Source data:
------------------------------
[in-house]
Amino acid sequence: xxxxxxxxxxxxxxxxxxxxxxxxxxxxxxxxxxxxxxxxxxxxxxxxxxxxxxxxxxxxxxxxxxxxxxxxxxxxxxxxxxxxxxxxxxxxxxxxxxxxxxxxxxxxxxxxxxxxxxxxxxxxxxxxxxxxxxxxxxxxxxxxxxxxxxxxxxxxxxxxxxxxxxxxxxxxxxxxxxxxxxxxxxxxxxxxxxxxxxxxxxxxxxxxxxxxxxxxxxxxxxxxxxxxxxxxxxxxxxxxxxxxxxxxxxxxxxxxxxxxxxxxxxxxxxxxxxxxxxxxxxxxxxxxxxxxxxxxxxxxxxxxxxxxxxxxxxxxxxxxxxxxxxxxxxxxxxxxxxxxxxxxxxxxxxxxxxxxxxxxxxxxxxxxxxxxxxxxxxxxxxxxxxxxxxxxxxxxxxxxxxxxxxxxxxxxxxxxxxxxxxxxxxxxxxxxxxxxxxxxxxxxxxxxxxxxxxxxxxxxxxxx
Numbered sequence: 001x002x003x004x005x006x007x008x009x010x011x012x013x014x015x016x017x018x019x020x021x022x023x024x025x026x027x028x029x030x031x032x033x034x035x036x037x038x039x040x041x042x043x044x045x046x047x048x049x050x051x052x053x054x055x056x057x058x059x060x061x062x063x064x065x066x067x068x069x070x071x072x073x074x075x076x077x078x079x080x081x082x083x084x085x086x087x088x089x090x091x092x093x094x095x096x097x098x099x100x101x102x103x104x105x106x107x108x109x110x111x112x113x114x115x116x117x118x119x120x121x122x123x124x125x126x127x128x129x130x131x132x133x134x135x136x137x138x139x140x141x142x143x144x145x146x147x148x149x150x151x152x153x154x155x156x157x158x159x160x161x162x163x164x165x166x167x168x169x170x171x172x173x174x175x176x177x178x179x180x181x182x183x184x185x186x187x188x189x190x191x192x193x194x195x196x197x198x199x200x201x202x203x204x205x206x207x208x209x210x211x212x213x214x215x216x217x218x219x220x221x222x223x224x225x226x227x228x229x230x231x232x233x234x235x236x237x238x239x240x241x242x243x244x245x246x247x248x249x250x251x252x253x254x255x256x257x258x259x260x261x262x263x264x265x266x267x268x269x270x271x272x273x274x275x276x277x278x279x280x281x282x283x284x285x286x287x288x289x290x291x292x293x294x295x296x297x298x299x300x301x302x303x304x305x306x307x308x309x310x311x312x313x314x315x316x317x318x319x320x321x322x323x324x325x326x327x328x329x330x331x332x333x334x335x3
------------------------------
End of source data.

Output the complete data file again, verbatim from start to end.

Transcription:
[in-house]
Amino acid sequence: xxxxxxxxxxxxxxxxxxxxxxxxxxxxxxxxxxxxxxxxxxxxxxxxxxxxxxxxxxxxxxxxxxxxxxxxxxxxxxxxxxxxxxxxxxxxxxxxxxxxxxxxxxxxxxxxxxxxxxxxxxxxxxxxxxxxxxxxxxxxxxxxxxxxxxxxxxxxxxxxxxxxxxxxxxxxxxxxxxxxxxxxxxxxxxxxxxxxxxxxxxxxxxxxxxxxxxxxxxxxxxxxxxxxxxxxxxxxxxxxxxxxxxxxxxxxxxxxxxxxxxxxxxxxxxxxxxxxxxxxxxxxxxxxxxxxxxxxxxxxxxxxxxxxxxxxxxxxxxxxxxxxxxxxxxxxxxxxxxxxxxxxxxxxxxxxxxxxxxxxxxxxxxxxxxxxxxxxxxxxxxxxxxxxxxxxxxxxxxxxxxxxxxxxxxxxxxxxxxxxxxxxxxxxxxxxxxxxxxxxxxxxxxxxxxxxxxxxxxxxxxxx
Numbered sequence: 001x002x003x004x005x006x007x008x009x010x011x012x013x014x015x016x017x018x019x020x021x022x023x024x025x026x027x028x029x030x031x032x033x034x035x036x037x038x039x040x041x042x043x044x045x046x047x048x049x050x051x052x053x054x055x056x057x058x059x060x061x062x063x064x065x066x067x068x069x070x071x072x073x074x075x076x077x078x079x080x081x082x083x084x085x086x087x088x089x090x091x092x093x094x095x096x097x098x099x100x101x102x103x104x105x106x107x108x109x110x111x112x113x114x115x116x117x118x119x120x121x122x123x124x125x126x127x128x129x130x131x132x133x134x135x136x137x138x139x140x141x142x143x144x145x146x147x148x149x150x151x152x153x154x155x156x157x158x159x160x161x162x163x164x165x166x167x168x169x170x171x172x173x174x175x176x177x178x179x180x181x182x183x184x185x186x187x188x189x190x191x192x193x194x195x196x197x198x199x200x201x202x203x204x205x206x207x208x209x210x211x212x213x214x215x216x217x218x219x220x221x222x223x224x225x226x227x228x229x230x231x232x233x234x235x236x237x238x239x240x241x242x243x244x245x246x247x248x249x250x251x252x253x254x255x256x257x258x259x260x261x262x263x264x265x266x267x268x269x270x271x272x273x274x275x276x277x278x279x280x281x282x283x284x285x286x287x288x289x290x291x292x293x294x295x296x297x298x299x300x301x302x303x304x305x306x307x308x309x310x311x312x313x314x315x316x317x318x319x320x321x322x323x324x325x326x327x328x329x330x331x332x333x334x335x3